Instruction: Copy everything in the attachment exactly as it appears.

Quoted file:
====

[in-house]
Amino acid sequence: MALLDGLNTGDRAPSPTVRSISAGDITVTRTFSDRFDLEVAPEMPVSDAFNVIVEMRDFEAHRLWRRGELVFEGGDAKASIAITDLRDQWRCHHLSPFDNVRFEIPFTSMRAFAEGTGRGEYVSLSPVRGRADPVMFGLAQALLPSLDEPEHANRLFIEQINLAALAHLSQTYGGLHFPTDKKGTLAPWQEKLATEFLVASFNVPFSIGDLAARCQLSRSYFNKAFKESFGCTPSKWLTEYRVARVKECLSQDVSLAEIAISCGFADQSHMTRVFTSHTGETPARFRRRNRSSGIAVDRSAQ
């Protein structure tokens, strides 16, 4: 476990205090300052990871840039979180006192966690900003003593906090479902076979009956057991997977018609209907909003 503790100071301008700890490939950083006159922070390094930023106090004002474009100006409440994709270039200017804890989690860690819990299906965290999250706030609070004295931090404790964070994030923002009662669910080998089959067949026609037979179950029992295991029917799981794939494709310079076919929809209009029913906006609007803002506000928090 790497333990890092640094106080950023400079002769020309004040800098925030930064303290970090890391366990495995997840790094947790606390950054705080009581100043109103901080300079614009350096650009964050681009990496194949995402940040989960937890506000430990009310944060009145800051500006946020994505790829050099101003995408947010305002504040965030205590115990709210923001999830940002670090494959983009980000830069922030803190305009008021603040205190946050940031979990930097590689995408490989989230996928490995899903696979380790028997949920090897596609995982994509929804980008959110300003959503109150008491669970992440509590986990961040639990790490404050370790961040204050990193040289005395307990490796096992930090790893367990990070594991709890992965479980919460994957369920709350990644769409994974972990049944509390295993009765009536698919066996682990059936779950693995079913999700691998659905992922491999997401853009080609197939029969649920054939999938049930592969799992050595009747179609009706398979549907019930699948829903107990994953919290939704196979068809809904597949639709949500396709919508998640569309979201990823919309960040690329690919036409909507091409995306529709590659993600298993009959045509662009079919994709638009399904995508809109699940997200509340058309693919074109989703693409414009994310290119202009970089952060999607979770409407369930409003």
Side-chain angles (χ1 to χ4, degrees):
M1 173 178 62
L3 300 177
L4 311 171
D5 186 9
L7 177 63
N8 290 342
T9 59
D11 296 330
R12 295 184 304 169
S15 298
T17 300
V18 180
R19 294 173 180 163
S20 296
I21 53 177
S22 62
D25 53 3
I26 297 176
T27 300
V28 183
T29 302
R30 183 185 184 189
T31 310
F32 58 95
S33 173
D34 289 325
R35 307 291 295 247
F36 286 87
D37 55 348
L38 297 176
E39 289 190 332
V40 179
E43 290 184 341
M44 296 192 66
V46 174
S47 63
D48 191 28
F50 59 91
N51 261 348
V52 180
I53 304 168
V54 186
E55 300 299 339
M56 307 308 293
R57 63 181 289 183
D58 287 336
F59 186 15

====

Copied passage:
[in-house]
Amino acid sequence: MALLDGLNTGDRAPSPTVRSISAGDITVTRTFSDRFDLEVAPEMPVSDAFNVIVEMRDFEAHRLWRRGELVFEGGDAKASIAITDLRDQWRCHHLSPFDNVRFEIPFTSMRAFAEGTGRGEYVSLSPVRGRADPVMFGLAQALLPSLDEPEHANRLFIEQINLAALAHLSQTYGGLHFPTDKKGTLAPWQEKLATEFLVASFNVPFSIGDLAARCQLSRSYFNKAFKESFGCTPSKWLTEYRVARVKECLSQDVSLAEIAISCGFADQSHMTRVFTSHTGETPARFRRRNRSSGIAVDRSAQ
């Protein structure tokens, strides 16, 4: 476990205090300052990871840039979180006192966690900003003593906090479902076979009956057991997977018609209907909003 503790100071301008700890490939950083006159922070390094930023106090004002474009100006409440994709270039200017804890989690860690819990299906965290999250706030609070004295931090404790964070994030923002009662669910080998089959067949026609037979179950029992295991029917799981794939494709310079076919929809209009029913906006609007803002506000928090 790497333990890092640094106080950023400079002769020309004040800098925030930064303290970090890391366990495995997840790094947790606390950054705080009581100043109103901080300079614009350096650009964050681009990496194949995402940040989960937890506000430990009310944060009145800051500006946020994505790829050099101003995408947010305002504040965030205590115990709210923001999830940002670090494959983009980000830069922030803190305009008021603040205190946050940031979990930097590689995408490989989230996928490995899903696979380790028997949920090897596609995982994509929804980008959110300003959503109150008491669970992440509590986990961040639990790490404050370790961040204050990193040289005395307990490796096992930090790893367990990070594991709890992965479980919460994957369920709350990644769409994974972990049944509390295993009765009536698919066996682990059936779950693995079913999700691998659905992922491999997401853009080609197939029969649920054939999938049930592969799992050595009747179609009706398979549907019930699948829903107990994953919290939704196979068809809904597949639709949500396709919508998640569309979201990823919309960040690329690919036409909507091409995306529709590659993600298993009959045509662009079919994709638009399904995508809109699940997200509340058309693919074109989703693409414009994310290119202009970089952060999607979770409407369930409003």
Side-chain angles (χ1 to χ4, degrees):
M1 173 178 62
L3 300 177
L4 311 171
D5 186 9
L7 177 63
N8 290 342
T9 59
D11 296 330
R12 295 184 304 169
S15 298
T17 300
V18 180
R19 294 173 180 163
S20 296
I21 53 177
S22 62
D25 53 3
I26 297 176
T27 300
V28 183
T29 302
R30 183 185 184 189
T31 310
F32 58 95
S33 173
D34 289 325
R35 307 291 295 247
F36 286 87
D37 55 348
L38 297 176
E39 289 190 332
V40 179
E43 290 184 341
M44 296 192 66
V46 174
S47 63
D48 191 28
F50 59 91
N51 261 348
V52 180
I53 304 168
V54 186
E55 300 299 339
M56 307 308 293
R57 63 181 289 183
D58 287 336
F59 186 15